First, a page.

|So Jairam’s wrong, big deal|
|Monday, 30 May 2011 00:00|
Let’s assume environment minister Jairam Ramesh is right when he says the IITs do precious little good research, that they add little value to the students they give degrees to—that is, since the students who get admission to the IITs are top 0.1% of the eligible population, they’re bound to be bright. Look at various ratings of Indian universities, and they seem to suggest Jairam is right. IIT-Delhi was among the top 500 universities in the world in 2003 (it was ranked between 451-500) but by 2010, it was nowhere to be seen on the Academic Ranking of World Universities (ARWU) list. IIT-Kharagpur managed to remain in the list but with a fall in the score. China has 16 universities in the top 500 (13 in engineering, 1 in medicine and 1 in social sciences) while India has just 2 (IIT-K is in the 401-500 list while the Indian Institute of Science is in the 301-400 rank). China has 6.8% of the world’s top 500 universities and accounts for 19.8% of global population—India’s figures are 0.4% and 17.1%, respectively.
Or let’s assume Jairam is wrong, as education minister Kapil Sibal has suggested. Sanjay Dhande, director of IIT Kanpur, argued in The Indian Express the other day that the IIT faculty had done a pretty good job and listed various IIT work such as the encryption scheme for the Indian navy, e-passport and real-time information on trains. Others, such as Manish Sabharwal who runs India’s largest temping firm Teamlease, have argued in FE that you can’t have research unless the overall economic environment favours R&D and that’s beginning to happen only now.
But when you see that just 13,602 students passed the IIT Joint Entrance Examination this year, you see just how much of a non-issue the whole debate over the quality of the IIT/IIM faculty is. The debate then moves on to how poor the quality of private education—the alternative to the IITs and the IIMs—is and how much of a ripoff it is. Indeed, the more learned will point to ‘externalities’ that can get captured only by publicly-funded education. Since there’s no gain to be made by doing research, they argue, private engineering or management schools will never encourage faculty to concentrate on research. And research, we know, is what made the MITs and Harvards what they are. So, let’s not waste time with this private education ripoff, just build top class government institutes—a parallel argument, by the way, is made about corporate hospitals. All of this is probably true, private hospitals like private universities probably overcharge and hugely so, but what is the alternative? If the government had the capacity, both financial and managerial, it would have built the colleges and the hospitals, and life would have been perfect for everyone. But the fact is the government hasn’t done it, so there’s no reason to suspect it will in the future.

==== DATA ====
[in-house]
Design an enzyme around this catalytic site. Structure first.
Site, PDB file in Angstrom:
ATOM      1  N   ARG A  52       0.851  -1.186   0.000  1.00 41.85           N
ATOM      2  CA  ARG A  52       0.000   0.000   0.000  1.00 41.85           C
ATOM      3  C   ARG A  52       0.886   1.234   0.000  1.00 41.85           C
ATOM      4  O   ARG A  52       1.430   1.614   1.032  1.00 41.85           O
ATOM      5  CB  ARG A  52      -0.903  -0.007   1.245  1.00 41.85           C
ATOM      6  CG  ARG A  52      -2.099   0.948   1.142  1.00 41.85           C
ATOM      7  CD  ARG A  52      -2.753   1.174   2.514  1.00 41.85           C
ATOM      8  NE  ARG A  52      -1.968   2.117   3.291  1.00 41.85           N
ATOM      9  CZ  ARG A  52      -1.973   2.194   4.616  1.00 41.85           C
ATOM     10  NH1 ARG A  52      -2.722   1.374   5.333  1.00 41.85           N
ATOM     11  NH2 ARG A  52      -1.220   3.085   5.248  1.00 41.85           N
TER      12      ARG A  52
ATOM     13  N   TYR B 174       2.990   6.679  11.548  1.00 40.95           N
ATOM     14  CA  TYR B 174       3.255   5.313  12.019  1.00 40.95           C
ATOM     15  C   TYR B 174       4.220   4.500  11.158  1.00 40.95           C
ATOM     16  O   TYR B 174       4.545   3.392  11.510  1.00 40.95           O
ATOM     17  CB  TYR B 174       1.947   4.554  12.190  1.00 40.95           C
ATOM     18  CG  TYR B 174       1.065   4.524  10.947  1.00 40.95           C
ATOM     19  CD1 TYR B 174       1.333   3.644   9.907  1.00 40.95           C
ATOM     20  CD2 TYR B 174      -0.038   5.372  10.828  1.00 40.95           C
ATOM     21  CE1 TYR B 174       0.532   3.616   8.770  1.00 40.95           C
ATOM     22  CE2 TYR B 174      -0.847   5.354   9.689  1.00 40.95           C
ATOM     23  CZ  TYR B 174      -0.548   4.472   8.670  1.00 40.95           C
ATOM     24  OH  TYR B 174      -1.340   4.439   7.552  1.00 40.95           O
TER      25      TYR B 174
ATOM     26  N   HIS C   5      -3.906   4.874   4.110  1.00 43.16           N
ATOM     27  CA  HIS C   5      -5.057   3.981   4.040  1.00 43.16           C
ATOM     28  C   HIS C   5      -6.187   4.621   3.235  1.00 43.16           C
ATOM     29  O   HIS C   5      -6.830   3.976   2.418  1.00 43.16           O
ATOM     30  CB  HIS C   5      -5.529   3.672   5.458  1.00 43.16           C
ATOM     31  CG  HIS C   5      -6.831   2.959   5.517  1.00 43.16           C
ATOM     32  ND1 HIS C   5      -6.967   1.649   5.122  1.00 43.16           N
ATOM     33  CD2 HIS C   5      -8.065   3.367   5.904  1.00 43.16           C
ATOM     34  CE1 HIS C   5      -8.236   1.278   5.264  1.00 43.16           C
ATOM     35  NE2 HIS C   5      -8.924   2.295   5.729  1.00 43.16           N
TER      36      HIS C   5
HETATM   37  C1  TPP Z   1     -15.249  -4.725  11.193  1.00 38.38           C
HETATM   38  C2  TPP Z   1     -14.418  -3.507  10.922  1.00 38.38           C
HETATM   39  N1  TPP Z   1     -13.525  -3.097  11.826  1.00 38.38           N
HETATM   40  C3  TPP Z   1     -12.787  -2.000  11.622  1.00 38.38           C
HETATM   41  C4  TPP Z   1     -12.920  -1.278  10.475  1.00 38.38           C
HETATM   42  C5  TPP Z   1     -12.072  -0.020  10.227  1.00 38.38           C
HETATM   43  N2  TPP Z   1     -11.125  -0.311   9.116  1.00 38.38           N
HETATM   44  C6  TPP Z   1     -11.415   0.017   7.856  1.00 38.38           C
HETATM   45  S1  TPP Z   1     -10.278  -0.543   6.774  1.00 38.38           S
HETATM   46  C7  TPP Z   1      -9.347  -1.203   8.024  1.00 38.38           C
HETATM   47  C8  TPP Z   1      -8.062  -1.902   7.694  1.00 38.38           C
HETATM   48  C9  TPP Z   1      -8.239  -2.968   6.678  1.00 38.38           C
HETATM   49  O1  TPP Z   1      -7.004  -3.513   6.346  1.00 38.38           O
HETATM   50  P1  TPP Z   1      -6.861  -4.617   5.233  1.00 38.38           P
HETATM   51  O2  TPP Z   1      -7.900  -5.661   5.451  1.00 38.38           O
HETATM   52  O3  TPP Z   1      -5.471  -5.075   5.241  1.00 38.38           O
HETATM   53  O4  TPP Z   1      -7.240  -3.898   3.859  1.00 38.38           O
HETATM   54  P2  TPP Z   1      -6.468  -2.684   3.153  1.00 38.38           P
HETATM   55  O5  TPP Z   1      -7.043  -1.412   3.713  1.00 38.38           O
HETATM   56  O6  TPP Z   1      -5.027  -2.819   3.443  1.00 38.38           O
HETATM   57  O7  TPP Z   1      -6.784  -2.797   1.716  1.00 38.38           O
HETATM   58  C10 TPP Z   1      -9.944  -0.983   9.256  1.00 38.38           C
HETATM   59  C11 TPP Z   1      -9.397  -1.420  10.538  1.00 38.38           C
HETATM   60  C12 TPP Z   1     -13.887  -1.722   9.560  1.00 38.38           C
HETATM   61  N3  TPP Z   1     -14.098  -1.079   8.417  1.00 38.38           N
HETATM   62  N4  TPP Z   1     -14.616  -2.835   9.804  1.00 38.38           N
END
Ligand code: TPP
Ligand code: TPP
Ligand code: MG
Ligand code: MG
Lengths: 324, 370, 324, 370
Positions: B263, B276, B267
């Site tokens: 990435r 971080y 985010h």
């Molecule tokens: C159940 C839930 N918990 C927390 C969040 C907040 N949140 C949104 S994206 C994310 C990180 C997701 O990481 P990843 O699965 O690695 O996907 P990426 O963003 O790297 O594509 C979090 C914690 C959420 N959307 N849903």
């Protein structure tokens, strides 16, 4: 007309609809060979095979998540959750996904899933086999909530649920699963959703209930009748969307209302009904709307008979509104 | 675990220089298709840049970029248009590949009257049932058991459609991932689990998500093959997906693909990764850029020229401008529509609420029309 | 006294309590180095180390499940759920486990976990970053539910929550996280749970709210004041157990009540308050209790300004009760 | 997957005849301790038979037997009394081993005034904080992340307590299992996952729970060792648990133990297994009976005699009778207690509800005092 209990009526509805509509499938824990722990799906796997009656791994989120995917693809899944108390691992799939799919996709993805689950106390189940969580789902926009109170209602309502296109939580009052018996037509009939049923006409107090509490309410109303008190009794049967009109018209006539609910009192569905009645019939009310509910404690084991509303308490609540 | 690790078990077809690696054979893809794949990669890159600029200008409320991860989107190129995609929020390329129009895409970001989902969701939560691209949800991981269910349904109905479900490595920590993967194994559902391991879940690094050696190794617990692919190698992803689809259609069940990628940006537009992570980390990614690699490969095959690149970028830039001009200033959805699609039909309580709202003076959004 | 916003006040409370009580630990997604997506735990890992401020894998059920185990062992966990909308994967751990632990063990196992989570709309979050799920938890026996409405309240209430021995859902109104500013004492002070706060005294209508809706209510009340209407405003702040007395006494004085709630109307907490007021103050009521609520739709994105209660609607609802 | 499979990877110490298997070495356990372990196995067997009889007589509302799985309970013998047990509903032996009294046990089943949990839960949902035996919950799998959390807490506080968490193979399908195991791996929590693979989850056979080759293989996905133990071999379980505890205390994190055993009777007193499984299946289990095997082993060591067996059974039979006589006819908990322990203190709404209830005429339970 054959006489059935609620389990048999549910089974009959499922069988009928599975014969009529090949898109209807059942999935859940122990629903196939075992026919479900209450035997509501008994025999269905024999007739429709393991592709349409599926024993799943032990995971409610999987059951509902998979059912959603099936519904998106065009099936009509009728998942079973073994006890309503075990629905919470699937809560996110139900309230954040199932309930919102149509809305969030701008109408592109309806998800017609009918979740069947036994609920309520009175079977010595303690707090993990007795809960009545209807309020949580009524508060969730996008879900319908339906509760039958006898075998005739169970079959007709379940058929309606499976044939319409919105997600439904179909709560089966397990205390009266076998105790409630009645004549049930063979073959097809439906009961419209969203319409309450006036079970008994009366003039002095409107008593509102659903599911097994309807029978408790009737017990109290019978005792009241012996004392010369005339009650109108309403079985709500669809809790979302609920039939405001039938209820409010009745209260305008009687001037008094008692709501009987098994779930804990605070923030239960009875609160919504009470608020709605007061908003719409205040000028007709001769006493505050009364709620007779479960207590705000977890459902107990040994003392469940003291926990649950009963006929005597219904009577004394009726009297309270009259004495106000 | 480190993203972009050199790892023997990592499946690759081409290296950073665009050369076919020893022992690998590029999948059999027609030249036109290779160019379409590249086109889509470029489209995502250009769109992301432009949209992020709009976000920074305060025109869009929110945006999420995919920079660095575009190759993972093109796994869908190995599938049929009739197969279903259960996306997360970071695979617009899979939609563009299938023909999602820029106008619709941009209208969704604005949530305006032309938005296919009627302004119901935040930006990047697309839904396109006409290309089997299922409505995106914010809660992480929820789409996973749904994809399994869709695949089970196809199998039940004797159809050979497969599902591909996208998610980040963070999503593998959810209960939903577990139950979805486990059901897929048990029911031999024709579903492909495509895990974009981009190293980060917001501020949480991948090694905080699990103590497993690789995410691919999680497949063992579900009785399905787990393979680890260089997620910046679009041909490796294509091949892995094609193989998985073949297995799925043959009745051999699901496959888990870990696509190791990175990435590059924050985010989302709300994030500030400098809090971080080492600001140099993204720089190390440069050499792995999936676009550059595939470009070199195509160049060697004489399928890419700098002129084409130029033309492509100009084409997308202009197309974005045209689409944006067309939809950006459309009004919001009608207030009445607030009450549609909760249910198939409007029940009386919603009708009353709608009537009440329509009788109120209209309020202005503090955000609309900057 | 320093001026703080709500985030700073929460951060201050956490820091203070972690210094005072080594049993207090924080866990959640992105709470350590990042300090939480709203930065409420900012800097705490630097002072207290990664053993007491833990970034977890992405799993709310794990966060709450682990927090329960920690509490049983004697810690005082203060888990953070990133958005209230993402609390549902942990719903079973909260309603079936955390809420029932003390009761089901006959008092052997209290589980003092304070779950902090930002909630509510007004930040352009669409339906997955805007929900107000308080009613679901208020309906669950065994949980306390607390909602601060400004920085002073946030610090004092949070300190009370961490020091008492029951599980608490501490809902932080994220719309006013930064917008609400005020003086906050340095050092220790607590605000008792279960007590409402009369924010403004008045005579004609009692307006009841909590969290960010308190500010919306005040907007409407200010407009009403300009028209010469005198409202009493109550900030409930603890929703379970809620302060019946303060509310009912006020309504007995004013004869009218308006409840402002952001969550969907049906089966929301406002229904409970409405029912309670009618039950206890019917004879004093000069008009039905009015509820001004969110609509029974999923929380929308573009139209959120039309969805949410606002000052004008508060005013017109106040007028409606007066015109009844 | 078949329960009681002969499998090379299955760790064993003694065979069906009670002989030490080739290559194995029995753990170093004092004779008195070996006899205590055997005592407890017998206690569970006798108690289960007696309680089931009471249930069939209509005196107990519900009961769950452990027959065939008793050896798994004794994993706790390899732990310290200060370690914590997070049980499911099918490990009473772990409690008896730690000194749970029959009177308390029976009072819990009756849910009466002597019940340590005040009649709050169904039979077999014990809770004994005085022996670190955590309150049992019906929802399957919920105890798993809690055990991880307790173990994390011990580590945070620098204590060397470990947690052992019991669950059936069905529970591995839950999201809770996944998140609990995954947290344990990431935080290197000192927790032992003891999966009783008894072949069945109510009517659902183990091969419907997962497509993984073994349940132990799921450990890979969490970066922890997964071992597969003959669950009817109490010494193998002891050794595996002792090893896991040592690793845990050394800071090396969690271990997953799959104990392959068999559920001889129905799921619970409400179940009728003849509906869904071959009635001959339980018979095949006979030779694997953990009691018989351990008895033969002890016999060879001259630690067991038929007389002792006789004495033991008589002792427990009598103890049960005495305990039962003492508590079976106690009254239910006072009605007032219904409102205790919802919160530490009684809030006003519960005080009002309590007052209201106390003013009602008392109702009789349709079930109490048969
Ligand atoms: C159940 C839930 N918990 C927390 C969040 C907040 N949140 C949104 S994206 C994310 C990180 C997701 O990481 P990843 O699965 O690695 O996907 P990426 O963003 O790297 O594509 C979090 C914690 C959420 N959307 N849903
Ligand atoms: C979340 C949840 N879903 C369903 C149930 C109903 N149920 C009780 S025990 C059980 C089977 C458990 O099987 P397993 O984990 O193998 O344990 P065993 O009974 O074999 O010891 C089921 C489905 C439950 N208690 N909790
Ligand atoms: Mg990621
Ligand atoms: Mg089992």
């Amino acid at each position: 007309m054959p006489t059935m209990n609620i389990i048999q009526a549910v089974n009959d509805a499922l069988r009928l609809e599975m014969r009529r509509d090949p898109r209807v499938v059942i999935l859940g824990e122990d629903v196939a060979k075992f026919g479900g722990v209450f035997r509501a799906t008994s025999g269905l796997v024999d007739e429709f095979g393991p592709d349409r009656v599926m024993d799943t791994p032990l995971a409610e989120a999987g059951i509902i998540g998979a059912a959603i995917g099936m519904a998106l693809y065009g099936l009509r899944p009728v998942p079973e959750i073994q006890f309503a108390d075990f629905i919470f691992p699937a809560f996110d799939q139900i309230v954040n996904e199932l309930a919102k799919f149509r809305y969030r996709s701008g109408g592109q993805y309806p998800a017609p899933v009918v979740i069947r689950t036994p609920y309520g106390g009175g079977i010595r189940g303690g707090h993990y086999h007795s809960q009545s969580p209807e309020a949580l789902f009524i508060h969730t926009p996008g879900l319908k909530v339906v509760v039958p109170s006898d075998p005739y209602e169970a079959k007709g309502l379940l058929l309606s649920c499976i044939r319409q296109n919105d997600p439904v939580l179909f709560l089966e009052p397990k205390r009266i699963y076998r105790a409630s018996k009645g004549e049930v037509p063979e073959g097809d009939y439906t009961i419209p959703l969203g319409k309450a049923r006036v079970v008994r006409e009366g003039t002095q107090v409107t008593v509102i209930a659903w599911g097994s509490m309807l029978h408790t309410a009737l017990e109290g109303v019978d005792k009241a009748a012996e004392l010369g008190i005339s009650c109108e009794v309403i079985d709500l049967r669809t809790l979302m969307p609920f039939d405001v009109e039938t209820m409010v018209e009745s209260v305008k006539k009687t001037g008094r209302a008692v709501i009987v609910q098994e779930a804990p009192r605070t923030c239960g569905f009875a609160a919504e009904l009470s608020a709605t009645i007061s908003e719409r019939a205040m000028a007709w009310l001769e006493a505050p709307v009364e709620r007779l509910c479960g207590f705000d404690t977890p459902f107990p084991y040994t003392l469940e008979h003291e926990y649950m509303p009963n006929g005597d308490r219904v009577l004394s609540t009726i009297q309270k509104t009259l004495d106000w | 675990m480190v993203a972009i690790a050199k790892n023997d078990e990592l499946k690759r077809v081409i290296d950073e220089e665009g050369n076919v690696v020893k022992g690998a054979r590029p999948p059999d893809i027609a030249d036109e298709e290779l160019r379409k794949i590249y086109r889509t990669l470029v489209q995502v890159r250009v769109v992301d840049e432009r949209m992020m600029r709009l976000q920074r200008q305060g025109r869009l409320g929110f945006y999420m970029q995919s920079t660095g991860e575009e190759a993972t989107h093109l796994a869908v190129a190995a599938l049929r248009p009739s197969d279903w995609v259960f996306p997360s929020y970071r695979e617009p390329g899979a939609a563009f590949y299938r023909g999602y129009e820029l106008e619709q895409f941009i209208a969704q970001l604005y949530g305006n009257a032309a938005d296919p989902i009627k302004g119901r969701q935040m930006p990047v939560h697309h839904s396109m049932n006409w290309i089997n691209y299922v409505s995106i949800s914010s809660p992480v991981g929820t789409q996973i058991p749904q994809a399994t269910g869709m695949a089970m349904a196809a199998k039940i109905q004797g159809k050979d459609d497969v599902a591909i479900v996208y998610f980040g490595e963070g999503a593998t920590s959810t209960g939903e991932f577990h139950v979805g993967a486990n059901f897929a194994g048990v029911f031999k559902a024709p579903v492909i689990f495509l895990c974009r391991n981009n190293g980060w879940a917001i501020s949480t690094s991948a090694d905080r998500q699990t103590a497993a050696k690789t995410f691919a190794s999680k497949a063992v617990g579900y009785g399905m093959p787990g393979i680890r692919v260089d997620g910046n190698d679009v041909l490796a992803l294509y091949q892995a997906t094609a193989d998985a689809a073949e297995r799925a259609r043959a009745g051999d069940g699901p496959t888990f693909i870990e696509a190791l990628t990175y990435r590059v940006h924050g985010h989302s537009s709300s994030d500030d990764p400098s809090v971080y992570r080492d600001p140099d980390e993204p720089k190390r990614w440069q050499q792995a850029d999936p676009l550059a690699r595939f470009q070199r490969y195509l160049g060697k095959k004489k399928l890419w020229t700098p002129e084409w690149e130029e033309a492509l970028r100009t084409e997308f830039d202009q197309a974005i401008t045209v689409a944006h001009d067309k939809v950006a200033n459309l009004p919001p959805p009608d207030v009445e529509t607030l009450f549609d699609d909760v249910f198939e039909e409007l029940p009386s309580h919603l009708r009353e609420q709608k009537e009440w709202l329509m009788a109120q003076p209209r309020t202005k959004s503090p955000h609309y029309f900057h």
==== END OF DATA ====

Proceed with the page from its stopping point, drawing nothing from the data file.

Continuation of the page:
It is obviously true that a Manipal University can’t compete with an IIT, just as it’s clear that a for-profit University of Phoenix can’t compete with a Harvard when it comes to the standard of learning, the quality of faculty, the kind of alumni. But while pouring scorn on the University of Phoenix, let’s keep in mind that, after being set up in 1636, there is just one Harvard and it has a total of 21,000 students. Phoenix was set up in 1976, has 200 campuses and nearly 5 lakh students.